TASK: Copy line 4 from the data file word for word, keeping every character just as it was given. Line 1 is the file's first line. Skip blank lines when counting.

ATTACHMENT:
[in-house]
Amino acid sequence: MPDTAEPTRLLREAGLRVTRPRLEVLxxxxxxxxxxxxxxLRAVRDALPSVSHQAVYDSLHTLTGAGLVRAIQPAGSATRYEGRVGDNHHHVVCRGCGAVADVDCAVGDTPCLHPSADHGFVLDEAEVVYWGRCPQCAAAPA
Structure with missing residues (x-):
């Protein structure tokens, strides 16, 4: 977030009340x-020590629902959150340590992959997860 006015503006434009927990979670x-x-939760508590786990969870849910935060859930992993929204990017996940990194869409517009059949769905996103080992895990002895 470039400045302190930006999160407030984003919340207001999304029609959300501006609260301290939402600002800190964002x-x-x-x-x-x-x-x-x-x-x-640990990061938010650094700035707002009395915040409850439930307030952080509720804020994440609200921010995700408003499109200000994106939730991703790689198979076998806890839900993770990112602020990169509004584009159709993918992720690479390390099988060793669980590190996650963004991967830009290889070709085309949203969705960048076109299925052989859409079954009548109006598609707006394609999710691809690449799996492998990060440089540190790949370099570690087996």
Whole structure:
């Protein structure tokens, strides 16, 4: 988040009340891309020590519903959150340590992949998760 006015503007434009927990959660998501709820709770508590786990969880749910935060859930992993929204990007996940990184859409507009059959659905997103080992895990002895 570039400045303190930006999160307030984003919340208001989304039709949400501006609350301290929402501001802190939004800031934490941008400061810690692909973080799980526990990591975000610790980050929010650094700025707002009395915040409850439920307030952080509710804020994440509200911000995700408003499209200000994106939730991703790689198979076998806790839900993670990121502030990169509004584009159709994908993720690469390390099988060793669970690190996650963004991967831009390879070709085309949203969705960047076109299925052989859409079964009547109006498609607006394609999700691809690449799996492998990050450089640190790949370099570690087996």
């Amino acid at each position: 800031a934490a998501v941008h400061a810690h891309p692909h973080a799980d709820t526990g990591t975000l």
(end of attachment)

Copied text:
């Protein structure tokens, strides 16, 4: 977030009340x-020590629902959150340590992959997860 006015503006434009927990979670x-x-939760508590786990969870849910935060859930992993929204990017996940990194869409517009059949769905996103080992895990002895 470039400045302190930006999160407030984003919340207001999304029609959300501006609260301290939402600002800190964002x-x-x-x-x-x-x-x-x-x-x-640990990061938010650094700035707002009395915040409850439930307030952080509720804020994440609200921010995700408003499109200000994106939730991703790689198979076998806890839900993770990112602020990169509004584009159709993918992720690479390390099988060793669980590190996650963004991967830009290889070709085309949203969705960048076109299925052989859409079954009548109006598609707006394609999710691809690449799996492998990060440089540190790949370099570690087996």